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World has common responsibility to support African agricultural development

Director-General welcomes Italian initiative to boost sustainable and inclusive growth on the continent

20 February 2014, Rome - The world had a common responsibility to support Africa as it strives to achieve inclusive agricultural and rural development, FAO Director-General José Graziano da Silva said today at an Italy-Africa Ministerial Meeting on Agriculture in Rome.

The Director-General welcomed a new blueprint plan identifying ways in which Italy can support agricultural growth in the region that focuses on supporting small-scale farmers, strengthening the agri-food sector and promoting partnerships.

Presented by Italy to African agriculture ministers at today’s meeting, the plan forms part of an Italy-Africa Initiative launched by Italian Foreign Minister Emma Bonino in December 2013.

Africa has already placed food security and agriculture at the centre of its development agenda, Graziano da Silva said, noting the decision in January by the African Union to adopt 2025 as a target to end hunger in the region and the launch of the 2014 African Year of Agriculture and Food Security.

But governments, international organizations, the private sector, civil society and farmers themselves must work together to achieve these goals, the Director-General said.

Promoting sustainable livelihoods is important not only for Africa, but also for Europe, Graziano da Silva stressed.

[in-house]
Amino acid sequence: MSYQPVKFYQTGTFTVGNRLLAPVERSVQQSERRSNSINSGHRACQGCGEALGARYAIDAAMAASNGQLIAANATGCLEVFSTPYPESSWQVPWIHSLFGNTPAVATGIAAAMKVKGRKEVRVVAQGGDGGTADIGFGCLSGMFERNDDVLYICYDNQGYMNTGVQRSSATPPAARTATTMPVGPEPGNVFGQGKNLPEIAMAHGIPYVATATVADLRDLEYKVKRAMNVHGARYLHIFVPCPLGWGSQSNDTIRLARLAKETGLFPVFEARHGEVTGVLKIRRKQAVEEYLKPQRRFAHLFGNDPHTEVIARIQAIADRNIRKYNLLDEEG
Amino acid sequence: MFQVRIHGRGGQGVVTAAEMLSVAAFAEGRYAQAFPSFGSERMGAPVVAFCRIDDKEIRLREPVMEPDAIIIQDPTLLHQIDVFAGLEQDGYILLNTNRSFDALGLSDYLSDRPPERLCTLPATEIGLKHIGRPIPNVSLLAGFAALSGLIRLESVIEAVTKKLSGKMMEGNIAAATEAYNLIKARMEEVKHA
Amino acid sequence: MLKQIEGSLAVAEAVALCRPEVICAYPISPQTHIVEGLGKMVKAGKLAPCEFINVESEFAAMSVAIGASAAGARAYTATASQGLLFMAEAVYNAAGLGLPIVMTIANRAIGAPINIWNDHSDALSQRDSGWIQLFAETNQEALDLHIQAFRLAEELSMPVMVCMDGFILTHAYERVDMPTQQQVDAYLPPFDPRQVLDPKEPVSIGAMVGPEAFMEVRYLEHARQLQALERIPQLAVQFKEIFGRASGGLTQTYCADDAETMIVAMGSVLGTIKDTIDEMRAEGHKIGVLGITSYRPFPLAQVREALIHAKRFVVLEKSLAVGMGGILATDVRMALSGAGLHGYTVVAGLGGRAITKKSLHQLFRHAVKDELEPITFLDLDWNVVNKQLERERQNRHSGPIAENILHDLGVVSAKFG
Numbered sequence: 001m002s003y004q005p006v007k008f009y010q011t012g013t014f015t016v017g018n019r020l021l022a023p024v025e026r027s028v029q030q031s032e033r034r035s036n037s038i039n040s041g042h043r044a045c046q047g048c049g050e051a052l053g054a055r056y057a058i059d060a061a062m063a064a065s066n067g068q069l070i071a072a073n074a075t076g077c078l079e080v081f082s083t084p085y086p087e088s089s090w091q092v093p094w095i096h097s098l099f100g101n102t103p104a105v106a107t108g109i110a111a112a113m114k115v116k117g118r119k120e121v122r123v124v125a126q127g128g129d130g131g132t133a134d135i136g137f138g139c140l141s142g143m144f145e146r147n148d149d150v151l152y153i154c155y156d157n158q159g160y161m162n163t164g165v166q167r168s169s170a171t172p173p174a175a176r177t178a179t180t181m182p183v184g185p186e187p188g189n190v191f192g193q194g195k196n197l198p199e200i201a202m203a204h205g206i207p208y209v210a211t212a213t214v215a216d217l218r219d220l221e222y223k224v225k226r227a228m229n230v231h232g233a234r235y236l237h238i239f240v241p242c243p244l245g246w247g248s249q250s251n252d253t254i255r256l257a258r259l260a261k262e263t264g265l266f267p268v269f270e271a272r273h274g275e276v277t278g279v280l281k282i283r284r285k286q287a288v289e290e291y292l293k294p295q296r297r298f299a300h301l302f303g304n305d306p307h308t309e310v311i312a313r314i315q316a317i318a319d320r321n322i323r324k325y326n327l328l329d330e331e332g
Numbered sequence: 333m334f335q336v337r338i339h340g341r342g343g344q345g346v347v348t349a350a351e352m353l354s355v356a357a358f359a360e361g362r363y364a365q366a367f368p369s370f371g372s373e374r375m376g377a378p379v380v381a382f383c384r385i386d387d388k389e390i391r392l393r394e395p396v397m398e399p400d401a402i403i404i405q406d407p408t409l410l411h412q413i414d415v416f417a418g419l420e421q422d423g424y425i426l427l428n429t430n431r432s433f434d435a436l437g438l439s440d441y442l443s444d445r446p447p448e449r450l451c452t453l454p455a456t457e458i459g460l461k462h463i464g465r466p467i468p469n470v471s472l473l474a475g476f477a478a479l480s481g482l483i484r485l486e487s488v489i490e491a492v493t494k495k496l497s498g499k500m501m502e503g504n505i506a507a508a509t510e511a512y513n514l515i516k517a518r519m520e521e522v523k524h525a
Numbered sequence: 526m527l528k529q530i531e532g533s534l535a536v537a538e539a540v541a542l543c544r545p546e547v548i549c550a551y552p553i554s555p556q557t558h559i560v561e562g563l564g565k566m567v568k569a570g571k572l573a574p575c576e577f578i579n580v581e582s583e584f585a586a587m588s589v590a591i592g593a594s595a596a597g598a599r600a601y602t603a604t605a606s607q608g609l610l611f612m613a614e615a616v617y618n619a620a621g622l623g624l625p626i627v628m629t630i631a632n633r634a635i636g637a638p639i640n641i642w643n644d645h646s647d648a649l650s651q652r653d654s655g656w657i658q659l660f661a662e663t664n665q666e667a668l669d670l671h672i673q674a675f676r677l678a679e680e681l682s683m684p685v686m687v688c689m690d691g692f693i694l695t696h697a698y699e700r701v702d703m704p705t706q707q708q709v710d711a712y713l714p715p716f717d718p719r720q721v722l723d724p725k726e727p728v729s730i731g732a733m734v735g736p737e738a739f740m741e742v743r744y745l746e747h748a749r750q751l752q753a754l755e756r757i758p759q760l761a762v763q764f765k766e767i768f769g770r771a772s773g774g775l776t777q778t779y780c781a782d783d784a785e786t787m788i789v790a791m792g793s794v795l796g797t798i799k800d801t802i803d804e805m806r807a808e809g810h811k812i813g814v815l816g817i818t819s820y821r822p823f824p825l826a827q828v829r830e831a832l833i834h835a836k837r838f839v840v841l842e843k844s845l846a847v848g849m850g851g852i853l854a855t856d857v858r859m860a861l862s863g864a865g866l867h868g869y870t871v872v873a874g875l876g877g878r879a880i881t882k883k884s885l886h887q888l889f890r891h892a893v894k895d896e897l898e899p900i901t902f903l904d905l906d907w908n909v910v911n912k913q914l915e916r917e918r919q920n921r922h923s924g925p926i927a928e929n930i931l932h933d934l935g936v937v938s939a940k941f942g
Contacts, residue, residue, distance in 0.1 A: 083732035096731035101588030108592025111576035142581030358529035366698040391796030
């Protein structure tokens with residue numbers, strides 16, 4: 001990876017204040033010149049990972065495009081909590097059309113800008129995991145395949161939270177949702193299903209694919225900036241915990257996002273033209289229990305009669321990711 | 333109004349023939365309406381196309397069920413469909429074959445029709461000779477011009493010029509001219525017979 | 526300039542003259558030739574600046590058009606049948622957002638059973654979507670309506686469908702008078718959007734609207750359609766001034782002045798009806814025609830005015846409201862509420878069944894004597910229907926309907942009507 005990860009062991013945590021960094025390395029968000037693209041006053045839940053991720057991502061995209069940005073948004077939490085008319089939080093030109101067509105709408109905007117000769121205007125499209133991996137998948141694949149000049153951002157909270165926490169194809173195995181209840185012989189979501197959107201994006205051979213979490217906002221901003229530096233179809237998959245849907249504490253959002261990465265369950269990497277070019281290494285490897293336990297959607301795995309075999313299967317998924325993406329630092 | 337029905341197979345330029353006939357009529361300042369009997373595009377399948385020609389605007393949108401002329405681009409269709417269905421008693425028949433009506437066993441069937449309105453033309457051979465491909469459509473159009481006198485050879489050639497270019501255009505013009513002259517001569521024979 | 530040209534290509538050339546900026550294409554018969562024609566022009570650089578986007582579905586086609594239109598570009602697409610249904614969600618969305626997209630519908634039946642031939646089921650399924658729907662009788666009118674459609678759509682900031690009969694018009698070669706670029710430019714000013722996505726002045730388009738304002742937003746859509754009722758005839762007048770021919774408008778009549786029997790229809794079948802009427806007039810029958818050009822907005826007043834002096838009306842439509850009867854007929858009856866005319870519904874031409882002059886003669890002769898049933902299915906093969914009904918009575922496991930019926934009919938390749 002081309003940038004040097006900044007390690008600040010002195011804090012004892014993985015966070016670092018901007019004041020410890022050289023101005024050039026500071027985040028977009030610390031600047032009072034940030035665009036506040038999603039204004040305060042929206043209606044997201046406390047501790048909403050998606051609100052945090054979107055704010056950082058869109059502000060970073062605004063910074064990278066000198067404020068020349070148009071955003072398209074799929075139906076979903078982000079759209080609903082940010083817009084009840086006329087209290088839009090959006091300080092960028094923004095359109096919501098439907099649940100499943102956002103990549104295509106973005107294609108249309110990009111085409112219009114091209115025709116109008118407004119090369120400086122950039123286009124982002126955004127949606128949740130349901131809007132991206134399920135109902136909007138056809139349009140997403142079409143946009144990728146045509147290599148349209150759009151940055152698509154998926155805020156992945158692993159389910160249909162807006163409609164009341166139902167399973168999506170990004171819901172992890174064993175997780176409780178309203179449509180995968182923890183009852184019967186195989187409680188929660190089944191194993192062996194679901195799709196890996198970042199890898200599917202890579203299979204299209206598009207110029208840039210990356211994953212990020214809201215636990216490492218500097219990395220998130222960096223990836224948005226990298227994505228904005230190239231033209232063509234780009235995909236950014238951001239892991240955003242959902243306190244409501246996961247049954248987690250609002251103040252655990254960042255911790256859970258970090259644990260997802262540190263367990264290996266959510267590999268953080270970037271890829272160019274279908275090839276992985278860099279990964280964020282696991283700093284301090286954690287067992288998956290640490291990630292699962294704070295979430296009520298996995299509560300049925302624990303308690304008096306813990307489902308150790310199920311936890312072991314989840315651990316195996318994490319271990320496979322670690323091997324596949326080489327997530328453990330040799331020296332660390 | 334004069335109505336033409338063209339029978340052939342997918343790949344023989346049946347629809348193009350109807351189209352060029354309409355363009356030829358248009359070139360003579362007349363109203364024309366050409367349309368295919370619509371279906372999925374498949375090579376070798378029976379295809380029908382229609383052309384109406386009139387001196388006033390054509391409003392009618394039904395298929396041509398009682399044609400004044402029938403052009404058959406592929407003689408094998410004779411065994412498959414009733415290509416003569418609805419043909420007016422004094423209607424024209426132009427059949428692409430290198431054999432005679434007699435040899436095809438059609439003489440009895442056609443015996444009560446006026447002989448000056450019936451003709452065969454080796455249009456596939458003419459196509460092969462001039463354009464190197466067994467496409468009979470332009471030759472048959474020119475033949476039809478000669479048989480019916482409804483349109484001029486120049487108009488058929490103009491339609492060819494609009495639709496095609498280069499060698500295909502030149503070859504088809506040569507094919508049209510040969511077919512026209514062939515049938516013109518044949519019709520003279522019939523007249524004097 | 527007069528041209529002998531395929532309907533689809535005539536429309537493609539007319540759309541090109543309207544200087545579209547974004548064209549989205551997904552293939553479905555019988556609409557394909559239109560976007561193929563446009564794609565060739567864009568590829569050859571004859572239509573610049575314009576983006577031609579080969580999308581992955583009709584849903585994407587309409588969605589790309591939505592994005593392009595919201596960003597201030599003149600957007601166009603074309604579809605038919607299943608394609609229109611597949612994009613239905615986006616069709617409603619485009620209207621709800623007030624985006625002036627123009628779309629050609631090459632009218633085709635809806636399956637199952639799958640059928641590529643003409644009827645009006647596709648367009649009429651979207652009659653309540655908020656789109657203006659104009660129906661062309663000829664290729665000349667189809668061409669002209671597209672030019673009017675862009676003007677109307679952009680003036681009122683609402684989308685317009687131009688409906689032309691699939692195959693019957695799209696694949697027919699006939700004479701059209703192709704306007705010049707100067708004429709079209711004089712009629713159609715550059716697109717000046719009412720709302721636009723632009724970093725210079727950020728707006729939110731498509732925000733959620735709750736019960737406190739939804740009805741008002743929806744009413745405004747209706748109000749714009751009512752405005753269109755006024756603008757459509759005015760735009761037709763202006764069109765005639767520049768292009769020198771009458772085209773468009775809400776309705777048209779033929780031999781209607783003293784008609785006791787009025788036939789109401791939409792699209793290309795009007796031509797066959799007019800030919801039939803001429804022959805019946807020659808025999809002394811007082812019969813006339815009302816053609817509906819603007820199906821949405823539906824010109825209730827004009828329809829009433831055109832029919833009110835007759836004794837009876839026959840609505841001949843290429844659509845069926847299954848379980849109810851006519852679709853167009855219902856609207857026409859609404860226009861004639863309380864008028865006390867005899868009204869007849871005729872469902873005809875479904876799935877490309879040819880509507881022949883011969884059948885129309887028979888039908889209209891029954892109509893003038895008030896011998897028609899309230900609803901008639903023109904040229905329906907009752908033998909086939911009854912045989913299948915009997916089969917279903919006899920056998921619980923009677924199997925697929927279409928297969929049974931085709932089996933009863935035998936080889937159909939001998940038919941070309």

“When people do not have alternatives, they are forced into drastic decisions. Illegal migration is one of them, and can have tragic consequences,” he said, referring to migrants who have lost their lives in the seas off the Italian island of Lampedusa,

“It is our common responsibility to help build alternatives. Sustainable agricultural and rural development needs to be one of them.”

Italy and FAO in Africa

The Director-General acknowledged Italy’s existing collaboration with FAO on a number of initiatives in the region, including work with African institutions to promote rural development and build resilience in the Horn of Africa and the Sahel, two of the most food insecure regions in Africa.

He also pointed to collaboration on the Food Security through Commercialization of Agriculture Program in seven countries in Africa, including Burundi, Kenya and Rwanda. The program has contributed to a 30 percent increase in the income of over 120 000 households and led to a 25 percent growth in employment opportunities, particularly for women and youth, the Director-General said.

Graziano da Silva stressed that Italy could continue to count on FAO for future collaboration.